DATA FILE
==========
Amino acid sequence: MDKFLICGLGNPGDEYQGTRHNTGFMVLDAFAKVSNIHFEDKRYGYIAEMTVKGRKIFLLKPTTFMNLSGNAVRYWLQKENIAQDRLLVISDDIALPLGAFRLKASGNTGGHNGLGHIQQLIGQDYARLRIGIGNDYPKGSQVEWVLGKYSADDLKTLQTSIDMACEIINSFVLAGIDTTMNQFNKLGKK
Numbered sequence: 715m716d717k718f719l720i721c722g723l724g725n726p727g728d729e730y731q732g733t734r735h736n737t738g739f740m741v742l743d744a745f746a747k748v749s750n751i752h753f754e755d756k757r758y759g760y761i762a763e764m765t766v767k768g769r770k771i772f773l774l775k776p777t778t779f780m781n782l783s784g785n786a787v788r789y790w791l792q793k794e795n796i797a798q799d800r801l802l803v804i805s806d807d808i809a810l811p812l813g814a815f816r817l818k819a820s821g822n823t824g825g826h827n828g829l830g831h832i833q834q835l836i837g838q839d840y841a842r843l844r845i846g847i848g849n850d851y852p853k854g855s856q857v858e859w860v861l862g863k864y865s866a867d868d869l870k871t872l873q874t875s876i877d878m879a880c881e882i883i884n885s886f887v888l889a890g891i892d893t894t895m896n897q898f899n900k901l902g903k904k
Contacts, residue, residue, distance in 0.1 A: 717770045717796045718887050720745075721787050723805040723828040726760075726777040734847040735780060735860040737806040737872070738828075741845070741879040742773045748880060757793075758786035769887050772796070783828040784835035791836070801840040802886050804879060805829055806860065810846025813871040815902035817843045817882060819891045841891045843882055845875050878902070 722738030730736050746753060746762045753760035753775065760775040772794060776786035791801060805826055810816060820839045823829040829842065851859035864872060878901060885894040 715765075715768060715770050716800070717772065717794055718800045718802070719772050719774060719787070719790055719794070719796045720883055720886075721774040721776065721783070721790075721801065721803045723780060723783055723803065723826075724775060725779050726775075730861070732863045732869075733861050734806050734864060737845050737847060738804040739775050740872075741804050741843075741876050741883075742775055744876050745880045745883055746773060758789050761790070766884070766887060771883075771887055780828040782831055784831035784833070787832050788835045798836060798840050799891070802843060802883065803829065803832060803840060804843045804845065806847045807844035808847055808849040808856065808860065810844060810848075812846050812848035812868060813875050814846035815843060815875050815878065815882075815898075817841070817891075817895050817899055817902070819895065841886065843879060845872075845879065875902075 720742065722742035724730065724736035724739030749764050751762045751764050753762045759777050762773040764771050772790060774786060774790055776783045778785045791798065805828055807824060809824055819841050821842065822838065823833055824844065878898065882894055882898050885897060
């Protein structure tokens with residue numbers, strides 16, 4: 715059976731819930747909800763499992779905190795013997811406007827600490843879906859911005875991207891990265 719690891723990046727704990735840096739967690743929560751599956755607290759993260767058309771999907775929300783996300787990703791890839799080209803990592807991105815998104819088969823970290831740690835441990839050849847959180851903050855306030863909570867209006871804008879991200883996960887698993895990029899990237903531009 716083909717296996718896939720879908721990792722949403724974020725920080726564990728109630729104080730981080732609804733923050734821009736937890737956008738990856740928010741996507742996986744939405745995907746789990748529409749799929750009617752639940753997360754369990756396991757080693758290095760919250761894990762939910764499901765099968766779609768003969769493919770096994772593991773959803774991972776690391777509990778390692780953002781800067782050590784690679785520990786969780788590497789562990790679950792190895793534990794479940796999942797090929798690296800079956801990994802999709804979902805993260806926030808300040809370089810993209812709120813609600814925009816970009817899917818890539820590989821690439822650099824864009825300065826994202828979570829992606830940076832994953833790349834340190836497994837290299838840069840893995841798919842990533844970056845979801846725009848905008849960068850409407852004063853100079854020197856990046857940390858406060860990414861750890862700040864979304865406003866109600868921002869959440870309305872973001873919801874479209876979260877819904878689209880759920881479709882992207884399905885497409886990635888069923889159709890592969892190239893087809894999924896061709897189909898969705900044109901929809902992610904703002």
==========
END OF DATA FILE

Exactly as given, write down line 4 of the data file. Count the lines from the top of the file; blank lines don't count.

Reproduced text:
């Protein structure tokens with residue numbers, strides 16, 4: 715059976731819930747909800763499992779905190795013997811406007827600490843879906859911005875991207891990265 719690891723990046727704990735840096739967690743929560751599956755607290759993260767058309771999907775929300783996300787990703791890839799080209803990592807991105815998104819088969823970290831740690835441990839050849847959180851903050855306030863909570867209006871804008879991200883996960887698993895990029899990237903531009 716083909717296996718896939720879908721990792722949403724974020725920080726564990728109630729104080730981080732609804733923050734821009736937890737956008738990856740928010741996507742996986744939405745995907746789990748529409749799929750009617752639940753997360754369990756396991757080693758290095760919250761894990762939910764499901765099968766779609768003969769493919770096994772593991773959803774991972776690391777509990778390692780953002781800067782050590784690679785520990786969780788590497789562990790679950792190895793534990794479940796999942797090929798690296800079956801990994802999709804979902805993260806926030808300040809370089810993209812709120813609600814925009816970009817899917818890539820590989821690439822650099824864009825300065826994202828979570829992606830940076832994953833790349834340190836497994837290299838840069840893995841798919842990533844970056845979801846725009848905008849960068850409407852004063853100079854020197856990046857940390858406060860990414861750890862700040864979304865406003866109600868921002869959440870309305872973001873919801874479209876979260877819904878689209880759920881479709882992207884399905885497409886990635888069923889159709890592969892190239893087809894999924896061709897189909898969705900044109901929809902992610904703002």